Record sales. Radio airplay. Touring. Management. Each one of these pillars of the music business has defined the health and longevity of artists' careers for decades.
If you ask Patrick Hess, forget just about everything you thought you knew; it's a new world.
Hess is the founder of Day 6 Management, a company dedicated to pursuing the Millennial generation with exciting acts such as Spencer Kane, Joel Vaughn and Abigail Duhon, and by innovating new platforms for its artists, such as the Millennial Tour. In the process of getting his artists into places label-signed artists can't get, Hess and his team are rewriting the rules of the Christian music industry.
In this exclusive interview, Hess talks about the new rules of engagement, shares some of his successes, and looks into the future.
Let's just get right to it... what is Day 6 Management? How long have you been around? How did you get started?
Well, Day 6 as an entity has been in business since 1999 as a marketing and consulting firm for a lot of corporations and brands and products, so I started that company in '99.
I'd retired from the automotive industry--where I was the vice president of international sales and marketing and big business all over the world, selling North American vehicles in 27 different countries. I learned a lot about having to deal with overcoming cultural biases in each market I'd go to overseas and learning how to take an Americanized product and try to help a local culture adapt and understand the product and make sure that it was consumable for them.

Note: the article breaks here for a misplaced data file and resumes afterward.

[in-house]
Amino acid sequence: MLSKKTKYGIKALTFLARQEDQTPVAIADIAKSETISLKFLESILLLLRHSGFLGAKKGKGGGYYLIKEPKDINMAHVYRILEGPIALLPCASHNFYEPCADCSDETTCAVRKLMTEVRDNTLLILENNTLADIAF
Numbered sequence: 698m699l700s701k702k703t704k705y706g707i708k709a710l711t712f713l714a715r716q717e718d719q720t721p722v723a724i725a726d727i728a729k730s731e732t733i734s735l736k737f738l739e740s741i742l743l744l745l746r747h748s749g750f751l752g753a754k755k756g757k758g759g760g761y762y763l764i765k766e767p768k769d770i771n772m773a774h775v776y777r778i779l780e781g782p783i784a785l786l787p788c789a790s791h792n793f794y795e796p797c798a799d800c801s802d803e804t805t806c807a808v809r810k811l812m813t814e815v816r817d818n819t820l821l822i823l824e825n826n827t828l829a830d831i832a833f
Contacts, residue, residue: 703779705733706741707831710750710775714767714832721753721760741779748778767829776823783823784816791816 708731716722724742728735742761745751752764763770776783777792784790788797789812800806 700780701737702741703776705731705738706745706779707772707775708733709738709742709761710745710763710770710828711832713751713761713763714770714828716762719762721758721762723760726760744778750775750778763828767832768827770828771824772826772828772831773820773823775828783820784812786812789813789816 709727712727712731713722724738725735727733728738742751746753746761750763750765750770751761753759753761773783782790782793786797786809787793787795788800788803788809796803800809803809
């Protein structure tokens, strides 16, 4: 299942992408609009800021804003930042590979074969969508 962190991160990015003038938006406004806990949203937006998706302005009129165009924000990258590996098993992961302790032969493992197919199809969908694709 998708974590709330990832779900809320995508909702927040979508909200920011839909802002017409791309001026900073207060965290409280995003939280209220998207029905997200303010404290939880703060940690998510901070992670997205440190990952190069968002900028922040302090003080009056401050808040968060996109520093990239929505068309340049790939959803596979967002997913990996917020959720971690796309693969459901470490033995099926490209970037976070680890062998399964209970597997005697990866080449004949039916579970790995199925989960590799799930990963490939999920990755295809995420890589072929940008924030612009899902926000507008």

That principle is very much the same as what you do in the music industry. You're talking about different demographics, different people and cultural tastes, so I transitioned my company from [physical] products into the music industry about six years ago, and I started really helping to market it with Spencer Kane and then Abigail Duhon, who were involved with the iShine television show.
That's way different from what you're doing now!
Principally speaking, marketing is marketing is marketing. The things you do aren't much different but the way you do it obviously, to fit the market you're going into, can be dramatically different.
I started shifting a lot of my attention and resources to the entertainment industry and then in the last couple of years, more specifically developed a very unique marketing model for online social media and the demographics of trying to reach using social media platforms. I developed a street team for Spencer and Abigail with 40 different volunteer fans and pseudo interns from all over the world that basically are the engine of making our PR movements and exposure for the artists that we have.
So basically, I took a lot of my principles from what I'd done in the past, applied it to the social media platforms and the Internet and reaching the demographic--which is primarily high school and college-age people, the millennial generation--and started working in that regard.
Day 6 has become a platform for indie artists who are trying to reach high school and college/millennial age youth with their music and their messaging through the music or the things that they care about, like bullying or cutting or the cultural issues that hit even Christians in the marketplace. We created this platform that's a management company, a small label and a national tour--the Millennial Tour--so we have kind of a one-stop-shop for the emerging artists that's really gotten some regional, national attention.
We're not necessarily trying to be a development platform. We're looking more to be a catalyst to get them ready for the next level, kind of like a Triple-A baseball team. We want to be professional, but not necessarily limit our scope to developing new artists. We're wanting to find the ones who are already touring, the ones who've already put out music, the ones who are just needing that shot in the arm to help their brand become more known.